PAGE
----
19. The Principal-Agent model and the European Union

    NARCIS (Netherlands)

    Delreux, Tom; Adriaensen, J.

    2017-01-01

    This book assesses the use and limitations of the principal-agent model in a context of increasingly complex political systems such as the European Union. Whilst a number of conceptual, theoretical and methodological challenges need to be addressed, the authors show that the principal-agent model

  20. Inflation convergence within the European Union: a panel data analysis

    Czech Academy of Sciences Publication Activity Database

    Kočenda, Evžen; Papell, D. H.

    1997-01-01

    Roč. 2, č. 3 (1997), s. 189-198 ISSN 1076-9307 Keywords : inflation convergence * European Union * panel data Subject RIV: AH - Economics http://search.ebscohost.com/login.aspx?direct=true&db=bth&AN=16616418&site=ehost-live

  1. The analysis of food products retailing in European Union

    Directory of Open Access Journals (Sweden)

    Rapaić Stevan

    2009-01-01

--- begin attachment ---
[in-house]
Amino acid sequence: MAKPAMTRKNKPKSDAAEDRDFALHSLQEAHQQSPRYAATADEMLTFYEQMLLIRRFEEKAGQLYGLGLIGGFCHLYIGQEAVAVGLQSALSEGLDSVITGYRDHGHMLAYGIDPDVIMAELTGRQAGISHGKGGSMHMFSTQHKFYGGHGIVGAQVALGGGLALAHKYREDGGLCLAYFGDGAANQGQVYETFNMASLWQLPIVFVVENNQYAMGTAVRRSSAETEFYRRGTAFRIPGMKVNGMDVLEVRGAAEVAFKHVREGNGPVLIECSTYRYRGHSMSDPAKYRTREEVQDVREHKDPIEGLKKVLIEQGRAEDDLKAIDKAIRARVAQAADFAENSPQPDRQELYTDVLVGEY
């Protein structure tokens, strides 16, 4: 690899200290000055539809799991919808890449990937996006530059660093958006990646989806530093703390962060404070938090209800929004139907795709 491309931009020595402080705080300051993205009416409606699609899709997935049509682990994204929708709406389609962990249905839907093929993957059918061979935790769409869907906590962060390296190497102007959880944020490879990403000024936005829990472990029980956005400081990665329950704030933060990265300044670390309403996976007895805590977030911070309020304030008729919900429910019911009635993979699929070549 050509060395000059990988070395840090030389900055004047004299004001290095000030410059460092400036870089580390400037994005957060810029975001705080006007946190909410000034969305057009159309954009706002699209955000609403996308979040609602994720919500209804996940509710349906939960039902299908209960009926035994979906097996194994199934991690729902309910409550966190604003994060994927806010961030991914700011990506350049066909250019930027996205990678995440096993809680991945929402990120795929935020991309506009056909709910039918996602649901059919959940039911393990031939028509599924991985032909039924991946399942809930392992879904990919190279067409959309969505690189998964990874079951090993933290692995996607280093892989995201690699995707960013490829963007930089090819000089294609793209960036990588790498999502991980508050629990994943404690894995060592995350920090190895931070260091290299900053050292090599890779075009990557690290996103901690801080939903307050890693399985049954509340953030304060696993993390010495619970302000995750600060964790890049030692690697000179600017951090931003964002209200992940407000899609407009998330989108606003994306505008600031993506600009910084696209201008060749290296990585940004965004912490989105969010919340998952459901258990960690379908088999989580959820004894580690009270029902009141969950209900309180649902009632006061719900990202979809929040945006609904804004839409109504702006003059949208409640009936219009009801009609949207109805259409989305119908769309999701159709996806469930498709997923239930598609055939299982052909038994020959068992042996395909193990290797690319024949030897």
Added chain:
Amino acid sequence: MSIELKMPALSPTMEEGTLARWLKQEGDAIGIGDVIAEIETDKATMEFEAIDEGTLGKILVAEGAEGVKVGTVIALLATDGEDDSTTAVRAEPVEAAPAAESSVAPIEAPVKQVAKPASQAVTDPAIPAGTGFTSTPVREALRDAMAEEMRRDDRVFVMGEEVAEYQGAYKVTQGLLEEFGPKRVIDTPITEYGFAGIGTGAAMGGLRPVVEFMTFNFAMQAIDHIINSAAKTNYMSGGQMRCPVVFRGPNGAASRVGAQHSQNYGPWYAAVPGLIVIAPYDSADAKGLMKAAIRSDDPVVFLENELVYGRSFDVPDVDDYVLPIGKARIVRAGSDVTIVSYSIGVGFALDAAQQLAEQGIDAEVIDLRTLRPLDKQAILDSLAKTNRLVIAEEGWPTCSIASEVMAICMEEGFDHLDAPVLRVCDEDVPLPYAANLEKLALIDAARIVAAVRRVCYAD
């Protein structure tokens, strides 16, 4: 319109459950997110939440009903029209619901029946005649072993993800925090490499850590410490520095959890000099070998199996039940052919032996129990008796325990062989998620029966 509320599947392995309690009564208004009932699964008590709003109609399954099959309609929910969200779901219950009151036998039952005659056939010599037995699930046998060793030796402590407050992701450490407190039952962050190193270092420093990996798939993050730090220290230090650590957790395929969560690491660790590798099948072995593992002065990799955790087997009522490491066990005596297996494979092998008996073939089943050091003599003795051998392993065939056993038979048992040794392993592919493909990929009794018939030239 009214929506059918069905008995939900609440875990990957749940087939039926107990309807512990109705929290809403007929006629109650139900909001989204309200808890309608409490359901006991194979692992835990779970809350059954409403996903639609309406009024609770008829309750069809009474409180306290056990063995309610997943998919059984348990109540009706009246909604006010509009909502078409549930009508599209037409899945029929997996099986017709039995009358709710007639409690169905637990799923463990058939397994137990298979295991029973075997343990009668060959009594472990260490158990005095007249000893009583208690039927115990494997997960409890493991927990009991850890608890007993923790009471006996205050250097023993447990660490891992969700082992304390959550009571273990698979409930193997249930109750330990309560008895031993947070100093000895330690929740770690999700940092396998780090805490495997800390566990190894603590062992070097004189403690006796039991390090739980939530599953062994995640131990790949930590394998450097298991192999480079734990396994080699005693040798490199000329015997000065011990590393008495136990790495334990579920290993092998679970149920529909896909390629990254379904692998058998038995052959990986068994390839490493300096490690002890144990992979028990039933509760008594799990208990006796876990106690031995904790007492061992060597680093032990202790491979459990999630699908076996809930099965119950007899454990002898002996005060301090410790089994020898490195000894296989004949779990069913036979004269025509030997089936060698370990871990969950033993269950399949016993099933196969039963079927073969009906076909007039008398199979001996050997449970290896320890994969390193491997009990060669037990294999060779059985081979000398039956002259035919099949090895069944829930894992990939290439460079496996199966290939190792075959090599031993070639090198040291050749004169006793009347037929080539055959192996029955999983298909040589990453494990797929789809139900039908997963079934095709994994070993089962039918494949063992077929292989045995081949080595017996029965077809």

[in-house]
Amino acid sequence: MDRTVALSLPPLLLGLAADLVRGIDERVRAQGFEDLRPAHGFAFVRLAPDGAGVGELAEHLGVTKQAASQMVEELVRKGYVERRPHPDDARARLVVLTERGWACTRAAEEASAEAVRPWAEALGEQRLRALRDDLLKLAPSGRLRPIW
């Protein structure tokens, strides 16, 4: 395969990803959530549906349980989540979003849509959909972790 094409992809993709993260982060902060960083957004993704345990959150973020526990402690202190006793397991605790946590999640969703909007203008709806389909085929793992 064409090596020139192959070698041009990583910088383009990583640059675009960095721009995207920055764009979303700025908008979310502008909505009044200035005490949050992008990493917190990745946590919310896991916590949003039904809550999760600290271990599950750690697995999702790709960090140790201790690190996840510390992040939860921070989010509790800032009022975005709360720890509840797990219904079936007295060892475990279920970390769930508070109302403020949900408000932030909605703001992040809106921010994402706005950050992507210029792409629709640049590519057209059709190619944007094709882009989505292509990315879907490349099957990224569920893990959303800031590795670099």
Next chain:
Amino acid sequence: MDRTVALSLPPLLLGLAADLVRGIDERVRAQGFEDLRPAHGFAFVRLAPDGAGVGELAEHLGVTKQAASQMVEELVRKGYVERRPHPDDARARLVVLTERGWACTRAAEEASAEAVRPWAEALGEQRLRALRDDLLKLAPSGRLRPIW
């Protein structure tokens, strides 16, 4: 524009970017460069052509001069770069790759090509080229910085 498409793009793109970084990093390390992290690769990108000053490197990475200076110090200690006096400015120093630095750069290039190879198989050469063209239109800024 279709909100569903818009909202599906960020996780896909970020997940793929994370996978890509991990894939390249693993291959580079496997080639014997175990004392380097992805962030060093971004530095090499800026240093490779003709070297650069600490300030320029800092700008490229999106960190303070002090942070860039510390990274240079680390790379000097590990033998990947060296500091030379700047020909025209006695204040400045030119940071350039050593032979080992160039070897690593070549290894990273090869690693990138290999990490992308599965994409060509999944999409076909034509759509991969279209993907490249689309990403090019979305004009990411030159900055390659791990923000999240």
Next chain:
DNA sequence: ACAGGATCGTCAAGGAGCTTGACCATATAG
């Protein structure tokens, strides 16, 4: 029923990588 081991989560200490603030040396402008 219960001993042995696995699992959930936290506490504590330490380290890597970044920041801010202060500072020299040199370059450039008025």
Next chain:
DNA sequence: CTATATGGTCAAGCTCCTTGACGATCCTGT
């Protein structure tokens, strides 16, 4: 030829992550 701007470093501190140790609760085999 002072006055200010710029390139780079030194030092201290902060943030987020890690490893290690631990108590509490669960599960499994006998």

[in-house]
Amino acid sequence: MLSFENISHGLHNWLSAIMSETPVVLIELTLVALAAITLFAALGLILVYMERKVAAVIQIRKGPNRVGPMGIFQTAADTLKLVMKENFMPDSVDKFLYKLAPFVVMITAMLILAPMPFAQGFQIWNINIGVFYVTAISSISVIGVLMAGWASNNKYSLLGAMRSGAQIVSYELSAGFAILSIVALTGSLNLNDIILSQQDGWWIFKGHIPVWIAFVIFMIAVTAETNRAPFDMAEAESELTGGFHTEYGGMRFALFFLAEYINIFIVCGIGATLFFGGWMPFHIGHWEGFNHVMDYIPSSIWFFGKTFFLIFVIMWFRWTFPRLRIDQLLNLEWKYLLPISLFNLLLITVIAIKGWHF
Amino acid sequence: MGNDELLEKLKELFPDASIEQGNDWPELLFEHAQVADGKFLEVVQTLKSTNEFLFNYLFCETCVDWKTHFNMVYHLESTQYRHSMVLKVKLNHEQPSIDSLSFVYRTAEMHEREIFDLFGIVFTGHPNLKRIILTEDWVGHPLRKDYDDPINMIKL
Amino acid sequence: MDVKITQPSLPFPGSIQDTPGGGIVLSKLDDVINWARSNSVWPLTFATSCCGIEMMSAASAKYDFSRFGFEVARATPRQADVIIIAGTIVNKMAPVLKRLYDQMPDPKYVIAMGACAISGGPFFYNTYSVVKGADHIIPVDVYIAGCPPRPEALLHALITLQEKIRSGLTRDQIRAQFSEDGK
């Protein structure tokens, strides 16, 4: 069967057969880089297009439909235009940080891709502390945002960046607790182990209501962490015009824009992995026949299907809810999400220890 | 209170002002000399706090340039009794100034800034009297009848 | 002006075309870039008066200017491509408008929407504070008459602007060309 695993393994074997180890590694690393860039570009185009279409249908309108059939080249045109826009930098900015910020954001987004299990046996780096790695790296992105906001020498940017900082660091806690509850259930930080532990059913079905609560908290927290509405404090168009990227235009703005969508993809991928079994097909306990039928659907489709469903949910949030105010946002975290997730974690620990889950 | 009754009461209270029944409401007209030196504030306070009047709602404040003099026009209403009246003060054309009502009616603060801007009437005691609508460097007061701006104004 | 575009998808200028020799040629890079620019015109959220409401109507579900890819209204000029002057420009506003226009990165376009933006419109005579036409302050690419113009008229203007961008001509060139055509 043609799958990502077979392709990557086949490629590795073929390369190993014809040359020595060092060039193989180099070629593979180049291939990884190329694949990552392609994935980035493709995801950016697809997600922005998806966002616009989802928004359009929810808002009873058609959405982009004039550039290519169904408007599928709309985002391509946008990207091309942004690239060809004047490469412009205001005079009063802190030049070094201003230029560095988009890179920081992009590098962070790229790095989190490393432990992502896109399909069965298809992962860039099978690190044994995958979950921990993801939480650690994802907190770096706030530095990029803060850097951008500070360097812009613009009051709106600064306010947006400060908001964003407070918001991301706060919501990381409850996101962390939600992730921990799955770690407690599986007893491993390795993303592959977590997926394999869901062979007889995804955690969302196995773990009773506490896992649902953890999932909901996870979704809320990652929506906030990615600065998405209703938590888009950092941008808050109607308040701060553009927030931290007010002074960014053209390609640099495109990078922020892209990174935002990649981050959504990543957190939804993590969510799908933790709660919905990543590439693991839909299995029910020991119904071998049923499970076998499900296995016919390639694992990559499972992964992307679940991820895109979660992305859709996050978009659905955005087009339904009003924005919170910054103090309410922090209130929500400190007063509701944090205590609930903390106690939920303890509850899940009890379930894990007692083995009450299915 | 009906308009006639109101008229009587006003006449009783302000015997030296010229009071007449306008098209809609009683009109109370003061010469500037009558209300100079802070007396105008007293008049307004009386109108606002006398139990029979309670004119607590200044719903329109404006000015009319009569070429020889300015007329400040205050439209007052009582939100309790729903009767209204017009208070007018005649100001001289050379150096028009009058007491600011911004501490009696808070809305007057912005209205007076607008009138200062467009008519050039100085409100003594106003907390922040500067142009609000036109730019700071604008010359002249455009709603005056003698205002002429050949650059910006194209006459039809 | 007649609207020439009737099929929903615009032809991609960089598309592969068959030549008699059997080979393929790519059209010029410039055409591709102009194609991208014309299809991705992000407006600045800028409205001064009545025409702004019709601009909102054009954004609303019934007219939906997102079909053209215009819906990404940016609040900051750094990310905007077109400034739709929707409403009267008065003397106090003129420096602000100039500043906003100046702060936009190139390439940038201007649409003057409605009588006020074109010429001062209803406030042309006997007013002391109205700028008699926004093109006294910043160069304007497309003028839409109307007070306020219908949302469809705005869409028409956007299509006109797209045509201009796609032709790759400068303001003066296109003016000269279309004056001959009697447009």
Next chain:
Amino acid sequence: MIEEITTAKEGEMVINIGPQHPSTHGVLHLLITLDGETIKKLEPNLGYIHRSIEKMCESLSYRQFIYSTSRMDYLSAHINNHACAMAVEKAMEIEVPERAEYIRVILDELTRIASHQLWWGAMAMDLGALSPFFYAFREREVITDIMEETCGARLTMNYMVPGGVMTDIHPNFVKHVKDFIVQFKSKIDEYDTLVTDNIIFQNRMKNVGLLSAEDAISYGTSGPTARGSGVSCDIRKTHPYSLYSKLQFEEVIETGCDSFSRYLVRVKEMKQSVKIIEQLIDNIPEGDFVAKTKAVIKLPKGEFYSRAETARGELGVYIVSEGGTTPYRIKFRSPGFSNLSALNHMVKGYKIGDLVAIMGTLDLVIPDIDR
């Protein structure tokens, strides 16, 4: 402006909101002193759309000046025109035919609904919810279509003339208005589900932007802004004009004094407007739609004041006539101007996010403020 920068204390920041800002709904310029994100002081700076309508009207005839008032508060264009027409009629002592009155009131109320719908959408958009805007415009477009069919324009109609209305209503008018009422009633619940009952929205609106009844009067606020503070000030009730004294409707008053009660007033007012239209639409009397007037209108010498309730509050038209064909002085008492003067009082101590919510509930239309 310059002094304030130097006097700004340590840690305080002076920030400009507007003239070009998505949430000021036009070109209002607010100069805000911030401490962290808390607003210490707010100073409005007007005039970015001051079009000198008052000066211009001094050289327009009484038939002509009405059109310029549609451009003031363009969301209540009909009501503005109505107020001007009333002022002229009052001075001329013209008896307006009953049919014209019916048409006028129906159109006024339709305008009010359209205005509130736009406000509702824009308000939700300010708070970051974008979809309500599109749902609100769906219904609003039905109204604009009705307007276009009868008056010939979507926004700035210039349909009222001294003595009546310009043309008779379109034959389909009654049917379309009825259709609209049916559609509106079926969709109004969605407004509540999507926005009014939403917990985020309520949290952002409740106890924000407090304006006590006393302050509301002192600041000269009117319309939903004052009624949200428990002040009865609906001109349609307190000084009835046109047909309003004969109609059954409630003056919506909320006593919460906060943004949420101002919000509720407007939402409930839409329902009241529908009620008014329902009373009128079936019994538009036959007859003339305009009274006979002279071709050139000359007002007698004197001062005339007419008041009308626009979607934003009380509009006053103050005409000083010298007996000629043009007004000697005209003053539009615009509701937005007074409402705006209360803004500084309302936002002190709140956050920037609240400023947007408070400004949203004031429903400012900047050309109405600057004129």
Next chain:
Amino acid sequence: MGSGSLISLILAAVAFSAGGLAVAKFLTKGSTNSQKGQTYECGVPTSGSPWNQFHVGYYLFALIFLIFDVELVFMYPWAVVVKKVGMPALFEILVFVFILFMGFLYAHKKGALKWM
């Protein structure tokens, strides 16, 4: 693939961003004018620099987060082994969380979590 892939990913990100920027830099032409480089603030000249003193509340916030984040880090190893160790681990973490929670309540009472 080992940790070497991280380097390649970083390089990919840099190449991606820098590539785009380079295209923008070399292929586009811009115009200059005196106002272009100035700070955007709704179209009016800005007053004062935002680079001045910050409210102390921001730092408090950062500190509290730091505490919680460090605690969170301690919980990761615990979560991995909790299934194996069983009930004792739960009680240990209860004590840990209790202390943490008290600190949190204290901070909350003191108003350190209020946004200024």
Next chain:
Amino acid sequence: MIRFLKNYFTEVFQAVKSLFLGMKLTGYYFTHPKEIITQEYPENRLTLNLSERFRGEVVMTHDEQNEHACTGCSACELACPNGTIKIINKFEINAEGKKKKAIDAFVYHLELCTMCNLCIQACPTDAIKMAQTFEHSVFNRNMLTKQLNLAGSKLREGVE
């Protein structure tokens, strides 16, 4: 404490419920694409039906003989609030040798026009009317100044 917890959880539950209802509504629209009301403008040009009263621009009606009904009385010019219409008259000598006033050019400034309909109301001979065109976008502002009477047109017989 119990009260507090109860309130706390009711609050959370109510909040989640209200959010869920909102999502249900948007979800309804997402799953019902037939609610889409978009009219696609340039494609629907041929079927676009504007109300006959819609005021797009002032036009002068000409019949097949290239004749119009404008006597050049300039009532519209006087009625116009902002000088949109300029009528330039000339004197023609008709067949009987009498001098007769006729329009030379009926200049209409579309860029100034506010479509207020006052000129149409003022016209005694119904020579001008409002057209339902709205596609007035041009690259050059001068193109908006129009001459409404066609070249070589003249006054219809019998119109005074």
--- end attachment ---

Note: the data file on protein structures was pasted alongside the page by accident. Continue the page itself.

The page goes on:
Full Text Available Author is analyzing a share of food products in the structural profile of retail trade in European Union by presenting areas of retailing in which food, beverages, and tobacco products are predominant. The main task of retailing is to overcome gaps in time and space between production and consumption, in order to meet the needs of consumers. This main task of retailing becomes more difficult considering the fact that the European Union consists of demanding consumers that expect all products, especially food, to be served to them at the most accessible places, in most suitable time, and with prices that coincide with the worth of products. In the structure of retail trade of the European Union, food products can be found in sector of non-specialised in-store retailing (hypermarkets, supermarkets, Cash&Carry stores as well as in sector of specialised in-store food retailing (butcher shops, bakeries, fish markets, etc.. Restructure of retailing, internationalization, and concentration of total retail trade network are only some of the basic trends in contemporary retail sale of food products in the European Union, that are being explored in this text.

  2. Organization and financing of home nursing in the European Union.

    NARCIS (Netherlands)

    Kerkstra, A.; Hutten, J.B.F.

    1996-01-01

    The aim of this study was to provide an overview of the organization and financing of home nursing in the 15 member states in the European Union. Home nursing was defined as the nursing care provided at the patients' home by professional home nursing organizations. Data were gathered by means of